24. This has been the most informative of all the articles I’ve read. I ordered the Boracare about a year ago to do remedial treating of active dry wood termites in my windowsill. Now that I’ve read about the bait stations and want to make them also, I’m not sure I should use the Boracare first. The termite frass is showing up everyday now, and I’ve gotta do something asap ! Please help !

  25. i found 2 flying termites today in my home. Never seen them before. ( i think they are termites but i do not know for sure ). im wondering how to figure out where the problem is? i read alot about checking window sills for frass, but i dont think i will find anything there. Gotta be a better way.

    • Bob,
      Termites with wings have the following distinctive characteristics:

      Antennae are straight, not elbowed
      The waist is thick so there is no distinction between the body segments
      Both pairs of wings are equal length

      Ants with wings have these distinctive characteristics:

      Antennae are elbowed as opposed to straight
      The waist is pinched with a definite distinction between the body segments
      The front pair of wings is longer than the rear pair of wings

      These are the most notable differences that can be observed with the naked eye [5]. You can test your ability to tell flying ants and flying termites apart with this quiz by the University of California Statewide Integrated Pest Management Program.

  26. I found termites in my garage. After I scraped off the tubes on the cement walls I hosed them down. I checked the walls a few hours later and found a piece of cardboard that was sticking out and it was wet. There were termites crawling up and down a straight path to the wet cardboard! I sprayed them with rubbing alcohol I had In a spray bottle and they died with seconds. I was amazed. Tomorrow I will check and see if they are taking another walk. Hopefully, they are all going to this wet cardboard where they will have their last meal.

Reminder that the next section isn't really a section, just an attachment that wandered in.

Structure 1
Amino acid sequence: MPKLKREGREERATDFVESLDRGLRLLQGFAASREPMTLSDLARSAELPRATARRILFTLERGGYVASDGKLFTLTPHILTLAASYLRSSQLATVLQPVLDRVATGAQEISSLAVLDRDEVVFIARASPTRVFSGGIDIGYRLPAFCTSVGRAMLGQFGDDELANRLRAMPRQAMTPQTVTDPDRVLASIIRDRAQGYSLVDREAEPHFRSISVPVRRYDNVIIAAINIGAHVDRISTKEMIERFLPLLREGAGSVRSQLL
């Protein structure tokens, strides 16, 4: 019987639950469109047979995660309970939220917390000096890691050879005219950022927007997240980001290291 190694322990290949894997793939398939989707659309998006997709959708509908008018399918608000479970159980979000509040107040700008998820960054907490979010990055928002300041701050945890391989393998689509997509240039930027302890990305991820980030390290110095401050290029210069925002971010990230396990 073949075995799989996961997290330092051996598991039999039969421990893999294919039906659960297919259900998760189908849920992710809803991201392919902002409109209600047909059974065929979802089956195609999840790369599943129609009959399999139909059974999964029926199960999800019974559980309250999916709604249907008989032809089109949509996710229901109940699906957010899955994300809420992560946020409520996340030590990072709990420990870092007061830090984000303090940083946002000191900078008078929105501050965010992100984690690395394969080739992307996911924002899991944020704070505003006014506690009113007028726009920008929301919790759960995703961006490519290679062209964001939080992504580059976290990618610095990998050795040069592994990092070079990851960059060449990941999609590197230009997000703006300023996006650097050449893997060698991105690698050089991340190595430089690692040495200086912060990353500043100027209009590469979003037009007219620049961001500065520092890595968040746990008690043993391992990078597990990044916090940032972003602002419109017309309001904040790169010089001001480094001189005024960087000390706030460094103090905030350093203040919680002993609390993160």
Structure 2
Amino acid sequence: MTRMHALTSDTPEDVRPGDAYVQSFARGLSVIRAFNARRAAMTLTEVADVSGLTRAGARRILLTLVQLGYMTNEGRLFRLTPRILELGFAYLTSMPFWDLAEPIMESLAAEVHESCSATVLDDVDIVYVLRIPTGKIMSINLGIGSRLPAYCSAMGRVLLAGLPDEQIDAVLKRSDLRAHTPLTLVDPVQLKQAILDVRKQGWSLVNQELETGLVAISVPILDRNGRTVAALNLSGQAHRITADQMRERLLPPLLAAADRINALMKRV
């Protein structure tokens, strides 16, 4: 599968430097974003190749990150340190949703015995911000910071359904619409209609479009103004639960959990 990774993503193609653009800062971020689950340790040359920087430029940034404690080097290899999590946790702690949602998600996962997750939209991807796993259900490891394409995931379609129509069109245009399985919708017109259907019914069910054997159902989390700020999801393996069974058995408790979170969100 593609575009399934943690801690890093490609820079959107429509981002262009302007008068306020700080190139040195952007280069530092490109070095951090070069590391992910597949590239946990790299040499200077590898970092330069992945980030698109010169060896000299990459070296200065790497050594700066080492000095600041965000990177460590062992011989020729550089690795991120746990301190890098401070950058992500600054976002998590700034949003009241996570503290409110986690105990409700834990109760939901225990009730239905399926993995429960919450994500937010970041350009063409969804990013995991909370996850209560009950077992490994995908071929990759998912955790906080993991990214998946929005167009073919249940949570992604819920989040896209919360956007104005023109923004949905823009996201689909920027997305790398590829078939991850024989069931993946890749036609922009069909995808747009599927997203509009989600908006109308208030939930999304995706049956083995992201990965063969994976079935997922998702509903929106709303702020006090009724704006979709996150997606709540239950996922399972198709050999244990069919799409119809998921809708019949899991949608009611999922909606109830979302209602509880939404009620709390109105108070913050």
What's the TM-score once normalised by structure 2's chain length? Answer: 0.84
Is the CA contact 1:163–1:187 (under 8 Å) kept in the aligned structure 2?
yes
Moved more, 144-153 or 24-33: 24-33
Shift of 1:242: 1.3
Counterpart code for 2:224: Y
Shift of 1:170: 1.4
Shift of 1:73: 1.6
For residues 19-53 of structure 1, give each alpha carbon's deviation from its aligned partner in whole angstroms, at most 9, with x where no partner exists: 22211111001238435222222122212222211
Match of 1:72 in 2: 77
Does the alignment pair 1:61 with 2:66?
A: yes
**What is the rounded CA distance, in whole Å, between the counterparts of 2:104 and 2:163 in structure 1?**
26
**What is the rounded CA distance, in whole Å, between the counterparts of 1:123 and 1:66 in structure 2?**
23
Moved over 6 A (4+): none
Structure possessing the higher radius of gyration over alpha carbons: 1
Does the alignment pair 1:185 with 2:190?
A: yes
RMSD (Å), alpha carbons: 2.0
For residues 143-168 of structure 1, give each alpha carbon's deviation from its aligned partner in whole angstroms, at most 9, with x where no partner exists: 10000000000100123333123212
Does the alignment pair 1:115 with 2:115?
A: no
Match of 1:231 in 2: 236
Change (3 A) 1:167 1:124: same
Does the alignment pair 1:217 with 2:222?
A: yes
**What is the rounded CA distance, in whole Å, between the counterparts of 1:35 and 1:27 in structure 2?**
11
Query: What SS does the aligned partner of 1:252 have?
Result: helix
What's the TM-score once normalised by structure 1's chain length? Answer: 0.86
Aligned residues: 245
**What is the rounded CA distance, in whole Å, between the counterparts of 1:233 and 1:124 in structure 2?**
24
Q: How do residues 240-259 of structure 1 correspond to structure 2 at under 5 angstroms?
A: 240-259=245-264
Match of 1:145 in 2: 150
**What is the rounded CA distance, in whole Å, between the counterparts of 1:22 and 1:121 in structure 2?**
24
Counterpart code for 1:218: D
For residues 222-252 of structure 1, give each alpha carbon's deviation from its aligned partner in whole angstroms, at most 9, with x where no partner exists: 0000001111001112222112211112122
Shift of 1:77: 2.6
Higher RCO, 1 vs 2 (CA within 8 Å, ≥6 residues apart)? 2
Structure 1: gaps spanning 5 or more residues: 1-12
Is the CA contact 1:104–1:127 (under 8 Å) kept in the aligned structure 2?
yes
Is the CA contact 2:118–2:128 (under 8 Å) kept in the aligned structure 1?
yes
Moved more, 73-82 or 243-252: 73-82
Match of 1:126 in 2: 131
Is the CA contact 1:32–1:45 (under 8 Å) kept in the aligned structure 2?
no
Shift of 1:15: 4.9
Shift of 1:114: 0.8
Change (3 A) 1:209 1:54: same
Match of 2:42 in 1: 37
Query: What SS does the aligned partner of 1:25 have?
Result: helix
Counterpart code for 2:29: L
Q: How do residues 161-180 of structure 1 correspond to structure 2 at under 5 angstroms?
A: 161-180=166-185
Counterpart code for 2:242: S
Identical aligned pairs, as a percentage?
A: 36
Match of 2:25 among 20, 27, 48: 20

27. post about 2 to 3 ft.in the soil for roof support etc., been there about 2 years. what can i put around them to insure termits WIIL NOT want to stay for supper.. I live in heavy wooded area.

  28. I purchased a piece of furniture from Interior Shop. Furniture is from Peru I noticed something like wood grains on floor now reading others comments I have dry termites. Furniture is very large how do I treat it I have hollow places where they have eaten wood.

  29. i only seem then in the ceiling b.c they are reting to make tubes going down. i “see” no other areas not even tubes out side. )they once where there but not active anymore( what do i use to kill them in my ceiling or even better have them take it to the nest and kill them outright at there spot?

    cant aford anyone still trying to pay off house tax..

  30. Hi Guys, recently my external store was ‘attacked’ by Termites. I am testing by wrapping up all the paper boxes with plastic sheet cause some stuffs which were wrapped with plastic bags were left alone. However it would be safer to inspect and air the store by let the door ajar.
    Good Luck

    Dick Lim

  31. DISCLAIMER: I am not an extermination specialist, just a homebuilder/DIYer with tons of experience and a will to handle problems safely, efficiently, and cost-effectively. You’ll have to decide if this information is appropriate for your own personal situation. So here goes —